WMRA News

WMRA's Kara Lofton brought us the stories of: new 3-D human tissue bioprinters at UVa; the legacy of coal-fired power on Virginia's water health; aerial yoga in Charlottesville; and a new park plan in Harrisonburg.  And Andrew Jenner told the story of one couple resisting Dominion surveyors in Nelson County, and Andrew and Brent Finnegan have teamed up for a deep look into reality itself -- and whether there really could be wild mountain lions in Virginia.

Courtesy of Nancy Kassam-Adams

One of the selling points for backers of the Atlantic Coast Pipeline is its job-creation potential – and there’s one group already reaping the benefits: lawyers. Pipeline builder Dominion recently filed more than two dozen lawsuits against landowners who don’t even want the company on their property to survey, and dozens more are to come. WMRA’s Andrew Jenner reports.

On Saturday, Common Grounds Healing Arts in Charlottesville will host its third annual sit-a-thon at the Jefferson School City Center in Charlottesville. WMRA’s Kara Lofton reports.

Kara Lofton

With rare exceptions, we are all dependent on power plants to generate electricity for all facets of American life -- plants owned and operated by large companies such as Duke Energy Corporation and Dominion Virginia Power. But what effect does that dependency have on the world around us?  And what is being done to prevent contamination of the resources we need to survive? In Part 3 of our series "Clean Virginia," WMRA’s Kara Lofton reports.

Courtesy of the Plan Our Park Committee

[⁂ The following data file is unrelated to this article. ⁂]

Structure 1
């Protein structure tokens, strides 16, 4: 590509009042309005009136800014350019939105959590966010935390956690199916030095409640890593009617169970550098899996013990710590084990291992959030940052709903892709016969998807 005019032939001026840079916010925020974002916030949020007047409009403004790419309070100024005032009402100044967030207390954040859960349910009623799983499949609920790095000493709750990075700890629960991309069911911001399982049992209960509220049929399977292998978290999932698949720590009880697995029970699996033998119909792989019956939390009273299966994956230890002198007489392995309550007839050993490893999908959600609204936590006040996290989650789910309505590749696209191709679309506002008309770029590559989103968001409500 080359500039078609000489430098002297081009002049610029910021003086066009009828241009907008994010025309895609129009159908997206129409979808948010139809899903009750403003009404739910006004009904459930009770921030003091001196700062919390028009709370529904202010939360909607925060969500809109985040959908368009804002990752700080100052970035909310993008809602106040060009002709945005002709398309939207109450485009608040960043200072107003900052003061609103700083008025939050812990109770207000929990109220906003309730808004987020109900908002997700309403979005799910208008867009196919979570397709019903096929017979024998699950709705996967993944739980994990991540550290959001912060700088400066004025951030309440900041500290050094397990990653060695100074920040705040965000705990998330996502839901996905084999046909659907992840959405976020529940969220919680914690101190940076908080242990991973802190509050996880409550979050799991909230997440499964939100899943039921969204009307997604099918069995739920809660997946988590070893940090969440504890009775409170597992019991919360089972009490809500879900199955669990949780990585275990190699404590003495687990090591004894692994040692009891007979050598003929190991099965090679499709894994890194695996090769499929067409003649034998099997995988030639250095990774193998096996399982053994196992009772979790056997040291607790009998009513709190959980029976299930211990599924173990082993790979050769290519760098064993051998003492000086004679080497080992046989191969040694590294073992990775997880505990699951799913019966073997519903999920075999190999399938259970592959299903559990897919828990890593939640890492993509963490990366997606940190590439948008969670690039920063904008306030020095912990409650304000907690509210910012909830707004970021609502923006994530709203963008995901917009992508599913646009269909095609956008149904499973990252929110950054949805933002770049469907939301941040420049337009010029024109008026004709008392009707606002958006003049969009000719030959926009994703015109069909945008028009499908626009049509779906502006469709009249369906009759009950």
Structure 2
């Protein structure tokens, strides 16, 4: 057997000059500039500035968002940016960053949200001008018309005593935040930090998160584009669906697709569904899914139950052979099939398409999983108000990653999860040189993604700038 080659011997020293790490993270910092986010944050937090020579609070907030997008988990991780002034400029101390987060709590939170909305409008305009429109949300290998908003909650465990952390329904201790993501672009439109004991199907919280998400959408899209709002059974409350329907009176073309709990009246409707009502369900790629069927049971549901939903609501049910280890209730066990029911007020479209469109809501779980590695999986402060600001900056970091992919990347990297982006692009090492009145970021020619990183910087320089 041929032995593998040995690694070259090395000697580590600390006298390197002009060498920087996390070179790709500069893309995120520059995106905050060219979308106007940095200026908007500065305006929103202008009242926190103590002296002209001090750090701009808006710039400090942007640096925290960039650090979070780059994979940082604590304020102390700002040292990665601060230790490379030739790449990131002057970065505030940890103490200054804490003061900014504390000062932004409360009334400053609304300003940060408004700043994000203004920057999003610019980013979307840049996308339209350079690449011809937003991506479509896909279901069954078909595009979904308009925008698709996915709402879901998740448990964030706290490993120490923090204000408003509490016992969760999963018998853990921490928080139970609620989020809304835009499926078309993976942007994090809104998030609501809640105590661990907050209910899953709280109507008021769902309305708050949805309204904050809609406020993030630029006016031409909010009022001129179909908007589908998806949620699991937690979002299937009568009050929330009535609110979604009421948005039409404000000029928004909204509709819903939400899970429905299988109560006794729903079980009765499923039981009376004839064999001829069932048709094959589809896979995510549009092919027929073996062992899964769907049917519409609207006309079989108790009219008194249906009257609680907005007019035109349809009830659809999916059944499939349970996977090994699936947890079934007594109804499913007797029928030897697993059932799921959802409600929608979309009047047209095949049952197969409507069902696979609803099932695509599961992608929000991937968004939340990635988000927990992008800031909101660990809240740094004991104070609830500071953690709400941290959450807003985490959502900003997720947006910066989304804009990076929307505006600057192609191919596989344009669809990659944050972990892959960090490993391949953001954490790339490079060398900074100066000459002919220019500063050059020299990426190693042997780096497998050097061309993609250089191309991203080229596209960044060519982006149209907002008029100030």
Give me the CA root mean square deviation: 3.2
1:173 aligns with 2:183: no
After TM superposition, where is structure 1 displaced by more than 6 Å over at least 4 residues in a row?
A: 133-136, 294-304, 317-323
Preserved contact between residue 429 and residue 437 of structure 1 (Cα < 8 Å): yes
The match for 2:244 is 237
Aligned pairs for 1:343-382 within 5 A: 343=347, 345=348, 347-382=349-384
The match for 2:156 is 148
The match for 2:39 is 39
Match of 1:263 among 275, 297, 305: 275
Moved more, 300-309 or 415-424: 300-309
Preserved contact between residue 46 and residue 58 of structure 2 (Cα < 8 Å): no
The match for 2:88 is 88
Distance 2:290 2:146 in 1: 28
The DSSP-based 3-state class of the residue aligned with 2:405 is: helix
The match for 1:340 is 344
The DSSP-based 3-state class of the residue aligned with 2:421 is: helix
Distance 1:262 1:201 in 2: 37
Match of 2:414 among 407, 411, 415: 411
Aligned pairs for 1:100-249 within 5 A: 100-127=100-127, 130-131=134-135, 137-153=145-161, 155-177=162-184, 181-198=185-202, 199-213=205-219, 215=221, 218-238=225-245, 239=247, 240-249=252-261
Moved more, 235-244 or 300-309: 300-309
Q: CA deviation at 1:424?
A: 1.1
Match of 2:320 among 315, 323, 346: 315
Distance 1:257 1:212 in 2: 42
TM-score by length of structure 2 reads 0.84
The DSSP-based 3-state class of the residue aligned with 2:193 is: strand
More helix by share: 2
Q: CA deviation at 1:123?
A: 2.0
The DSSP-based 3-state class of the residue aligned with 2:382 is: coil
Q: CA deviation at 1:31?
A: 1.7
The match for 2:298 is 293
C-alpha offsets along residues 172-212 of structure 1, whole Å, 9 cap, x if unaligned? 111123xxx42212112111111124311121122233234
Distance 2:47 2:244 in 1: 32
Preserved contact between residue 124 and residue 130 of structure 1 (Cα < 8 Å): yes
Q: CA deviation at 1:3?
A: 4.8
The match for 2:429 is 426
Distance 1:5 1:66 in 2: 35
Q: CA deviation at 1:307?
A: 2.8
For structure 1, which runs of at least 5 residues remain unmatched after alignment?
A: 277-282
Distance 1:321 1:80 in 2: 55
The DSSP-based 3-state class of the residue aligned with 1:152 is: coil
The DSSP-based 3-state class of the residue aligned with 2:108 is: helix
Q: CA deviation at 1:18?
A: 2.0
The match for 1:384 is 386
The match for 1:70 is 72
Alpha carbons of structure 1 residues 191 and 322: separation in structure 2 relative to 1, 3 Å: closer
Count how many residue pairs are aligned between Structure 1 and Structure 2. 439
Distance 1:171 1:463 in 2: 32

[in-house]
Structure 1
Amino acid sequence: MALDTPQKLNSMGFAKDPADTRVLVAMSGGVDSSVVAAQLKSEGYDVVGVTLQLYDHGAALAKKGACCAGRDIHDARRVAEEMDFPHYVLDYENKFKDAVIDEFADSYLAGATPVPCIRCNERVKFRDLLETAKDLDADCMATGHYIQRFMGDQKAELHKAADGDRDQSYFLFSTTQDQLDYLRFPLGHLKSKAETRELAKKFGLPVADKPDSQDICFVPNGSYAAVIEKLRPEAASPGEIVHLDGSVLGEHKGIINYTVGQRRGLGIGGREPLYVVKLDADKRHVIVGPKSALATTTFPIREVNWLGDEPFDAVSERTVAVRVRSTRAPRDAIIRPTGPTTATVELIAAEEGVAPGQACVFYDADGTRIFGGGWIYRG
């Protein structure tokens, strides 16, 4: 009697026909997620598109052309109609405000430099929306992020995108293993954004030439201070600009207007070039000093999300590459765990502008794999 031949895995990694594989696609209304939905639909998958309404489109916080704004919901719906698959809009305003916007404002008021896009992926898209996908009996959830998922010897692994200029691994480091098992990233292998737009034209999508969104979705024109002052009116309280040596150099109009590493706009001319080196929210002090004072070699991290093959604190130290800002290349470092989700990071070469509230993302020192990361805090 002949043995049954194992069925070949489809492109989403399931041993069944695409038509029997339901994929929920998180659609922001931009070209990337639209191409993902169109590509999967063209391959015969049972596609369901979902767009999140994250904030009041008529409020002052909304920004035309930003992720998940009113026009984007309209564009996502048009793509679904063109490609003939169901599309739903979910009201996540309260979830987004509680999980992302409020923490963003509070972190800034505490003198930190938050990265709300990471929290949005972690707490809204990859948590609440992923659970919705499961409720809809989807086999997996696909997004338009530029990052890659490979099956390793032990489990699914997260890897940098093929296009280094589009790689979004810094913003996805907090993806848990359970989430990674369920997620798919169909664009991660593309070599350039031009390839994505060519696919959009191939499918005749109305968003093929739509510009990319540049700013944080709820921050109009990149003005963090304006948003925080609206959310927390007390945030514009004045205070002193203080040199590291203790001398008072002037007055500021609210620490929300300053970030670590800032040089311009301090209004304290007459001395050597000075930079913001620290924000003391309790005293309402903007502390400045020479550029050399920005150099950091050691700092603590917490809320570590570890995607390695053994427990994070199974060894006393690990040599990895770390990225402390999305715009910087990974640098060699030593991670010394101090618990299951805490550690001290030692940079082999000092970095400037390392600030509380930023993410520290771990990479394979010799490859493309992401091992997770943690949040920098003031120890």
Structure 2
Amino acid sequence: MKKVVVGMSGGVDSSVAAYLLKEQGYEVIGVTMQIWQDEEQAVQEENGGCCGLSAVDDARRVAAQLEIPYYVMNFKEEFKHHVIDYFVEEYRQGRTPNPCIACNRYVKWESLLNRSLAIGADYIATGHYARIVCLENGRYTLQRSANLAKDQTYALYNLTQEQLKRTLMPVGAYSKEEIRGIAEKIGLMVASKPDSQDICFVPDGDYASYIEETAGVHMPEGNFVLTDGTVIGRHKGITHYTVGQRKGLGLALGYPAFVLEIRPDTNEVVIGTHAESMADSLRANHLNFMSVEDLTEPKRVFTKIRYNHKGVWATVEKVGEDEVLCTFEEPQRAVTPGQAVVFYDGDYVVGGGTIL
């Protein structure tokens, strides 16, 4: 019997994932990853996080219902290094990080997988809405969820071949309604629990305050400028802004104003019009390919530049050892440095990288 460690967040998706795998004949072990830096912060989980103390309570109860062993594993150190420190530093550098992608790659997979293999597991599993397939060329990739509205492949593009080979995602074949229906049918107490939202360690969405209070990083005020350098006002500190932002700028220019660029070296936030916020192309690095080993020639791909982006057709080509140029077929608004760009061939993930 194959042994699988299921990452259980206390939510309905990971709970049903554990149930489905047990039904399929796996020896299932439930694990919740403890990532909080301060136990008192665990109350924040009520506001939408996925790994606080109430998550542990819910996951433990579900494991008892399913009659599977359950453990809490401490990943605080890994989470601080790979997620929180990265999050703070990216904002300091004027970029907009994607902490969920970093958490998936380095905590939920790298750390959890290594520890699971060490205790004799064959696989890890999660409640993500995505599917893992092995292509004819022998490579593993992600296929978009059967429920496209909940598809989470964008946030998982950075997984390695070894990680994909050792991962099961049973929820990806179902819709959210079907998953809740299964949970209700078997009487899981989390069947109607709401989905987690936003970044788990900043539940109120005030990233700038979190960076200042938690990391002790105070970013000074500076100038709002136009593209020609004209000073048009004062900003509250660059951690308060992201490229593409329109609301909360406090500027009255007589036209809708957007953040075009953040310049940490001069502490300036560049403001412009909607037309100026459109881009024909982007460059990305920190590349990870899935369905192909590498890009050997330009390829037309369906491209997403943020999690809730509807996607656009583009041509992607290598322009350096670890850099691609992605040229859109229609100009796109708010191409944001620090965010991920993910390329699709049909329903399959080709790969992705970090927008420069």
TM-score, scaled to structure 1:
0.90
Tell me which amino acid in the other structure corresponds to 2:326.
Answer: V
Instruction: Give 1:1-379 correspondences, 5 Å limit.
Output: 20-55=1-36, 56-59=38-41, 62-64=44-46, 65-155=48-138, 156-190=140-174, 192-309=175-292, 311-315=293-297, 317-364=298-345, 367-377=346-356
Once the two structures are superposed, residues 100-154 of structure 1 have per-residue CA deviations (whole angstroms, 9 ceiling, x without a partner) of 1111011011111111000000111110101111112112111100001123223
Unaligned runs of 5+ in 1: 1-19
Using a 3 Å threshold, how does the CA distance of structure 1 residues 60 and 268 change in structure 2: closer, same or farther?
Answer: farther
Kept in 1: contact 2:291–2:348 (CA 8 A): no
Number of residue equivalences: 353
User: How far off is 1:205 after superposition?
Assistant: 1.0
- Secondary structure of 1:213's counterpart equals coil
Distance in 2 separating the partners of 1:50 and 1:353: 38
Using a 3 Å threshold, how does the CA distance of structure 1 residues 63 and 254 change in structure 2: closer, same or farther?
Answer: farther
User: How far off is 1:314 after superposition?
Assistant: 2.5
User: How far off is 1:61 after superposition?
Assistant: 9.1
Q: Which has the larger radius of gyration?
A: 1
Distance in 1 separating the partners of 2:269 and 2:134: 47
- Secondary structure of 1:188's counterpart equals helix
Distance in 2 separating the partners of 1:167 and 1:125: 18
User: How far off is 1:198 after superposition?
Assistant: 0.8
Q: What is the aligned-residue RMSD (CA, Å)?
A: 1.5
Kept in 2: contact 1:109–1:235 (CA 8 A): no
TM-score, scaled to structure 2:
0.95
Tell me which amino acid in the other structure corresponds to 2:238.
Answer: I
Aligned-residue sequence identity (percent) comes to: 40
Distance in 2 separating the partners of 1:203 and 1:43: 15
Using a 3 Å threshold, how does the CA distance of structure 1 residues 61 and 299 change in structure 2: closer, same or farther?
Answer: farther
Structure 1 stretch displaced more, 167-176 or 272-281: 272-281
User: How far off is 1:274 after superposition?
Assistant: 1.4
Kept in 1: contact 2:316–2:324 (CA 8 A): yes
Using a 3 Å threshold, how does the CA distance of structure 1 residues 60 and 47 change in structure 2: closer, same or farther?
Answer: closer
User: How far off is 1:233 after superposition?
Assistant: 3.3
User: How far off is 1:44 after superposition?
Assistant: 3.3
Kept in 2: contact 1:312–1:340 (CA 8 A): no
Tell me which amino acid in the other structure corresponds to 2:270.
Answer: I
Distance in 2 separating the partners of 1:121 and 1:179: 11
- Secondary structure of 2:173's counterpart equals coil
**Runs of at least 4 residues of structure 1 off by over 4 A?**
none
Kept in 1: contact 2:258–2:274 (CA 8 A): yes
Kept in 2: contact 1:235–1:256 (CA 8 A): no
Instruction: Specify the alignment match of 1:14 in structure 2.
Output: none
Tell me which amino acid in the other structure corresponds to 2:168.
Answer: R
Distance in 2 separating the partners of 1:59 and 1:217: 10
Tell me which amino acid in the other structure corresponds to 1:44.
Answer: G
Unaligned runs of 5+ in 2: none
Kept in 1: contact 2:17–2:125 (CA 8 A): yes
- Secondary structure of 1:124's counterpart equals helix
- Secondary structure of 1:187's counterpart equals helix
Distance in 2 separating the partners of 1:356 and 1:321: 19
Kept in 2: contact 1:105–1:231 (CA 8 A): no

Harrisonburg City Council Tuesday evening voted to accept the Plan Our Park Conceptual Master Plan, allowing the next steps for the downtown park project to move forward. WMRA’s Kara Lofton reports.

Kara Lofton

When most people think of yoga, they think of yogis on sticky mats practicing poses while grounded firmly on the studio floor. What they don’t think of is a type of yoga that has traded mats for AntiGravity hammocks, in which students spend most of the class suspended several inches from the floor. But that is exactly what one will find in Charlottesville’s new aerial fitness studio called DreamFlight Virginia. WMRA’s Kara Lofton reports.

Kara Lofton

Three weeks ago, the University of Virginia acquired two state-of-the-art 3-D bioprinters from Switzerland. The printers will eventually print tissues that could be used to treat patients with conditions as diverse as burns to diabetes to organ failure. WMRA’s Kara Lofton reports.

Agriculture is one of the leading causes of pollution in Virginia’s waterways.  WMRA’s Kara Lofton has the first in our occasional series on “Clean Virginia,” with a tour of one farm aiming to protect the water that runs through it....  Jessie Knadler gets us up to date on the Natural Bridge Zoo, now reopened for business.... Kara also took us to the roller derby to meet Charlottesville's Derby Dames.... and we've got this week's installment of The Spark.

Kara Lofton

For some, the words “roller derby” bring to mind the 2009 movie “Whip It” starring Ellen Page. Those a little more familiar with the sport might think of women in dramatic makeup and crazy clothing crashing into each other on a flat race track. But for the women of Charlottesville’s Derby Dames, the words “roller derby” are much more synonymous with strength, confidence, competition, fun and above all, camaraderie. WMRA’s Kara Lofton reports.

The embattled Natural Bridge Zoo, which was shut down by the State Game Commission back in March, is once again open for business. WMRA’s Jessie Knadler has the story.

It’s been a long three months for Karl and Debbie Mogensen, owners of the Natural Bridge Zoo. In March, the Virginia Department of Game and Inland Fisheries suspended the zoo’s license to exhibit wild animals. The state agency used a USDA inspection report from January to conclude that, “many of the animals are confined under unsanitary and inhumane conditions.”

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